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Rifle Association’s selections reek of bias, hypocrisy

Abhinav Bindra’s absence in the National Rifle Association of India’s (NRAI) graded contracted system is just the most apparent lapse, it’s hardly the only one, reports Saurabh Duggal.

other Updated: Nov 14, 2009 22:47 IST
Saurabh Duggal

Abhinav Bindra’s absence in the National Rifle Association of India’s (NRAI) graded contracted system is just the most apparent lapse, it’s hardly the only one.

Kynan Chenai, who won a gold at the Youth Commonwealth Games in Pune last year, has more national and international accomplishments than Shresyasi Singh. And yet the latter is placed in the higher slab — Rs 12 lakh per year — while Chenai gets Rs six lakh per year.

Shresyasi also happens to be the daughter of the NRAI

president Digvijay Singh. “Shresyasi is a good shooter and she has shown potential by winning gold in a junior tournament in Finland,” explains NRAI

secretary-general Baljit Singh Sethi. What Sethi does not say is that the medal came at an invitational event. These have about seven to eight nations only in the fray.

“There is no preference given to her because she is the daughter of NRAI president. Moreover, Sahara selected the shooters and placed them in slabs.” But Sahara, in their press release regarding the deal with NRAI, quoted Sethi as saying that the selection of shooters was based on recommendations from NRAI.

The double-speak apart, a host of established names, and young shooters who have done well at recent international competitions have been ignored.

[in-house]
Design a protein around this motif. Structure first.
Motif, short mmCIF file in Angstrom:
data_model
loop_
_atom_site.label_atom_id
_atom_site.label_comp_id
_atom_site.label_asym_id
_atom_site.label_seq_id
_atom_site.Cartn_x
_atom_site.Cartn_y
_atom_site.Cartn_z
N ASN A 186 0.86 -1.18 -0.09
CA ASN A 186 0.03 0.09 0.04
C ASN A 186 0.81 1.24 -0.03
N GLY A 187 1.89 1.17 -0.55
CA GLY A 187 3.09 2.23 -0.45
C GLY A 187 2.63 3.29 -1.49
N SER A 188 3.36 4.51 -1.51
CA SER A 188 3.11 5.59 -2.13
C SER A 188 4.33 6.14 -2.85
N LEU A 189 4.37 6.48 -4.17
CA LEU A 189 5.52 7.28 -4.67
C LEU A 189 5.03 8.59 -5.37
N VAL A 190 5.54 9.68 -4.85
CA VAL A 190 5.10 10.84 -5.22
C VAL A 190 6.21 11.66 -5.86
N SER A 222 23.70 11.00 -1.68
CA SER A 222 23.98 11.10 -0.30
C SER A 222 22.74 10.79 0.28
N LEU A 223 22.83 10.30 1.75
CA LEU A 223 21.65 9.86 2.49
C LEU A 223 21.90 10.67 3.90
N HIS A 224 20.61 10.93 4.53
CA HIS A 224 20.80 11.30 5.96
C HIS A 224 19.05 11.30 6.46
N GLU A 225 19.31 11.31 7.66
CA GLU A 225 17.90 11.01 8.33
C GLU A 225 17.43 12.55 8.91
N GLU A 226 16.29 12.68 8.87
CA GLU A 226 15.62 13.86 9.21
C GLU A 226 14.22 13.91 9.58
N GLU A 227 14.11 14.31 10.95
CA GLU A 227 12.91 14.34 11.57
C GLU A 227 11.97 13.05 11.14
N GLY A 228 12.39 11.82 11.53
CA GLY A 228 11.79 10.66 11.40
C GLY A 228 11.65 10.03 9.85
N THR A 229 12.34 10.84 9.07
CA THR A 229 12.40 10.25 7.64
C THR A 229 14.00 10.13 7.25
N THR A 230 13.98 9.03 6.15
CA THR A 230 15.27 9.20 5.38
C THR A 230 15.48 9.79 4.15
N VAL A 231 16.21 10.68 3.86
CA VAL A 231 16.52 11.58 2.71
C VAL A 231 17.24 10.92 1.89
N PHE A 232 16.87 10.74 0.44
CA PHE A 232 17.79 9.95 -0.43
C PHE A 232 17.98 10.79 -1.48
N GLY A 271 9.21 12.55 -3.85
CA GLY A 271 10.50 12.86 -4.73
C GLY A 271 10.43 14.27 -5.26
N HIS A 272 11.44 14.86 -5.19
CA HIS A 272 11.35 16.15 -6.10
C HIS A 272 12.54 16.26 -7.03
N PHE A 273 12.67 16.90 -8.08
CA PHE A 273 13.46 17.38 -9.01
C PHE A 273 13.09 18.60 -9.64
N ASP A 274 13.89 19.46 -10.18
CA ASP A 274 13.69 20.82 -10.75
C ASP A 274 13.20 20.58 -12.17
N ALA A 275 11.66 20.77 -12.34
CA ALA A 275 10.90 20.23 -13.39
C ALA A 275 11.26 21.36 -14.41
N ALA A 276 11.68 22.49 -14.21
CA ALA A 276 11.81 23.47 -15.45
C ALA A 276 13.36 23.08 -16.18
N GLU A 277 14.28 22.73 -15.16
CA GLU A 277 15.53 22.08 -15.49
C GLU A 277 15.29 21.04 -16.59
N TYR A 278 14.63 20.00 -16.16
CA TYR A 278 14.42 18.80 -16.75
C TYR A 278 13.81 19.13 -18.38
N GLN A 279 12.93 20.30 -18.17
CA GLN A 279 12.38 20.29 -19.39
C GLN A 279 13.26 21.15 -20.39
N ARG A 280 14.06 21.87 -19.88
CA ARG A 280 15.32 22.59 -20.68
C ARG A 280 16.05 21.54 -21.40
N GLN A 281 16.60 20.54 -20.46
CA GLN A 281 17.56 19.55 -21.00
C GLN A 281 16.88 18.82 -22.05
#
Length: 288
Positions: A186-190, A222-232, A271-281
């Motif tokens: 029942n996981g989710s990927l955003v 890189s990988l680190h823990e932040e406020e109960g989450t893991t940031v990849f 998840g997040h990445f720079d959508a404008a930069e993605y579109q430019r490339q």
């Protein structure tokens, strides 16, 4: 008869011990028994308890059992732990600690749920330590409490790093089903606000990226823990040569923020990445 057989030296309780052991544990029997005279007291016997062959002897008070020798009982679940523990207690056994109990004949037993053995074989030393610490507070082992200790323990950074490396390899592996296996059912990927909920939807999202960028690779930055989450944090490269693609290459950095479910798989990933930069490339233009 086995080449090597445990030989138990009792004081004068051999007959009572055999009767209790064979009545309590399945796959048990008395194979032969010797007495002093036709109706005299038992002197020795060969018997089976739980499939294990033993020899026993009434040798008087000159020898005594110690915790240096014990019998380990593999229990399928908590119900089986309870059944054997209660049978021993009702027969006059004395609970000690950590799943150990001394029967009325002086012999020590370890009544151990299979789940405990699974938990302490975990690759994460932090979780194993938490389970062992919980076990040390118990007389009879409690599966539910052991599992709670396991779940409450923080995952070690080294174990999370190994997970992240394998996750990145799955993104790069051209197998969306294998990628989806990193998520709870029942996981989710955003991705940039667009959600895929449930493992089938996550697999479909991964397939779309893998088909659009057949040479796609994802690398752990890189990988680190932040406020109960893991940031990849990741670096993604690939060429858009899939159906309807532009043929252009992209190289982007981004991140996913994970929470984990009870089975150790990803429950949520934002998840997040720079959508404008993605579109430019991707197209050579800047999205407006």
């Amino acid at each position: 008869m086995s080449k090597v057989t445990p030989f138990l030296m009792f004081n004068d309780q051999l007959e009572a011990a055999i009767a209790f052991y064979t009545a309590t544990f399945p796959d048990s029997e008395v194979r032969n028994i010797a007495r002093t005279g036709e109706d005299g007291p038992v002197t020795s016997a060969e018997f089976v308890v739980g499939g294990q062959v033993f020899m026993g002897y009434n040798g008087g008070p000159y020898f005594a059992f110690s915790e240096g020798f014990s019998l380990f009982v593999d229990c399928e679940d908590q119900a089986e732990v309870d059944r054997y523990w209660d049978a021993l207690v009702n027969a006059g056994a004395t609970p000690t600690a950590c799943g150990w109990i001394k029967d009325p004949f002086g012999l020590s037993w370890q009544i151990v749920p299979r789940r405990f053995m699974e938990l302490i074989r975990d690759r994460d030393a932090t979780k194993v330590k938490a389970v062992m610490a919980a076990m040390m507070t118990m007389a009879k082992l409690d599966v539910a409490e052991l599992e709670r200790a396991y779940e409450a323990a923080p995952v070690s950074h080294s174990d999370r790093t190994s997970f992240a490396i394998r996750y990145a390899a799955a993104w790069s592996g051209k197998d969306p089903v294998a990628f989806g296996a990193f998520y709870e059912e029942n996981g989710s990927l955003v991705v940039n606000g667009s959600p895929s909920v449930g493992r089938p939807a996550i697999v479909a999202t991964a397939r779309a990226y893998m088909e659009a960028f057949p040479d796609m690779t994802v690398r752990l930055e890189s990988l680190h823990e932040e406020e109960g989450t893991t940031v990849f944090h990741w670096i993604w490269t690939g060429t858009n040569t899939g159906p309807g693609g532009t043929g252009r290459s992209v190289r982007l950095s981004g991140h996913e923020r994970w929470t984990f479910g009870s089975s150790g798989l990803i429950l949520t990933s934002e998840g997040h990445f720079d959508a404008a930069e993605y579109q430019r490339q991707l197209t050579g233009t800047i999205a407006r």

To name a few, Lajja Goswani, who made it for the World Cup Finals (only the top-10 shooters in the world compete), four-time Olympian Mansher Singh and Asian silver-medallist in skeet Arti Singh Rao have not been given any contracts.

“NRAI has demotivated us by ignoring the deserving ones,” said Mansher. “What the federation wants is that we should stop shooting.”

Rao, who is the most decorated Indian shooter in women’s shotgun, said the federation was “accommodating” the people of their choice.

“We are not opposing the juniors or any other names in the contract system. But if we are better than them, why are we not included too?” asked Rao.

The discrepancy in selection is quite stark.

While the NRAI’s official stand is that they have considered recent performances of some shooters, some of the names in the list don’t quite qualify. 2006 Commonwealth Games’ best sportsperson, Samresh Jung skipped almost all the major tournaments this year.

Athens silver-medallist Rajyavardhan Singh Rathore has not much to show for last year.

But they still have been included.

To this Sethi said that, while the NRAI had short-listed 30-35 shooters for the scheme, Sahara picked the final 15.

“We have spoken to Sahara and will be forwarding four-five more names and try to get them the contracts also,” he added.

Whether or not that comes about, NRAI’s handling of the issue has been anything but transparent.